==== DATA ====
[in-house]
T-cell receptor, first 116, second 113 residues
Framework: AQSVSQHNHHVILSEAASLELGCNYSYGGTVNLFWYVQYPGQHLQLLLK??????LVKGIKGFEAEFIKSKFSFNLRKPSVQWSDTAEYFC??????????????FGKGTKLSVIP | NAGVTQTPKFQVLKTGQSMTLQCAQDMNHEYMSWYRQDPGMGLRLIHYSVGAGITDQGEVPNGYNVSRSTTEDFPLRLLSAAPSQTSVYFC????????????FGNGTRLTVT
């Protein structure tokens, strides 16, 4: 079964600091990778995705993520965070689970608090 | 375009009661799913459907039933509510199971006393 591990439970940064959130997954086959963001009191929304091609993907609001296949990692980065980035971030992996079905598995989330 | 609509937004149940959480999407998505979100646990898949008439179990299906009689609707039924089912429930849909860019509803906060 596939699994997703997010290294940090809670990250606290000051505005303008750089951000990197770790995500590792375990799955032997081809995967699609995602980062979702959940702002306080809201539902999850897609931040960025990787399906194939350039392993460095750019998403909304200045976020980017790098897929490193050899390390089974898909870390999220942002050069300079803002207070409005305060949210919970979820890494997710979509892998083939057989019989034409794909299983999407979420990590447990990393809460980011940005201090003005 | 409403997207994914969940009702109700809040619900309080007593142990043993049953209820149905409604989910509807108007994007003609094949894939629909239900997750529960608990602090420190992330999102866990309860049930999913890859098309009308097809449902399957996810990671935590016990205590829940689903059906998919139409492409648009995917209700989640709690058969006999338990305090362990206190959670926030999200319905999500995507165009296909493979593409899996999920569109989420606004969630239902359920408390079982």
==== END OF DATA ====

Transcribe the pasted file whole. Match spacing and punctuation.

[in-house]
T-cell receptor, first 116, second 113 residues
Framework: AQSVSQHNHHVILSEAASLELGCNYSYGGTVNLFWYVQYPGQHLQLLLK??????LVKGIKGFEAEFIKSKFSFNLRKPSVQWSDTAEYFC??????????????FGKGTKLSVIP | NAGVTQTPKFQVLKTGQSMTLQCAQDMNHEYMSWYRQDPGMGLRLIHYSVGAGITDQGEVPNGYNVSRSTTEDFPLRLLSAAPSQTSVYFC????????????FGNGTRLTVT
């Protein structure tokens, strides 16, 4: 079964600091990778995705993520965070689970608090 | 375009009661799913459907039933509510199971006393 591990439970940064959130997954086959963001009191929304091609993907609001296949990692980065980035971030992996079905598995989330 | 609509937004149940959480999407998505979100646990898949008439179990299906009689609707039924089912429930849909860019509803906060 596939699994997703997010290294940090809670990250606290000051505005303008750089951000990197770790995500590792375990799955032997081809995967699609995602980062979702959940702002306080809201539902999850897609931040960025990787399906194939350039392993460095750019998403909304200045976020980017790098897929490193050899390390089974898909870390999220942002050069300079803002207070409005305060949210919970979820890494997710979509892998083939057989019989034409794909299983999407979420990590447990990393809460980011940005201090003005 | 409403997207994914969940009702109700809040619900309080007593142990043993049953209820149905409604989910509807108007994007003609094949894939629909239900997750529960608990602090420190992330999102866990309860049930999913890859098309009308097809449902399957996810990671935590016990205590829940689903059906998919139409492409648009995917209700989640709690058969006999338990305090362990206190959670926030999200319905999500995507165009296909493979593409899996999920569109989420606004969630239902359920408390079982």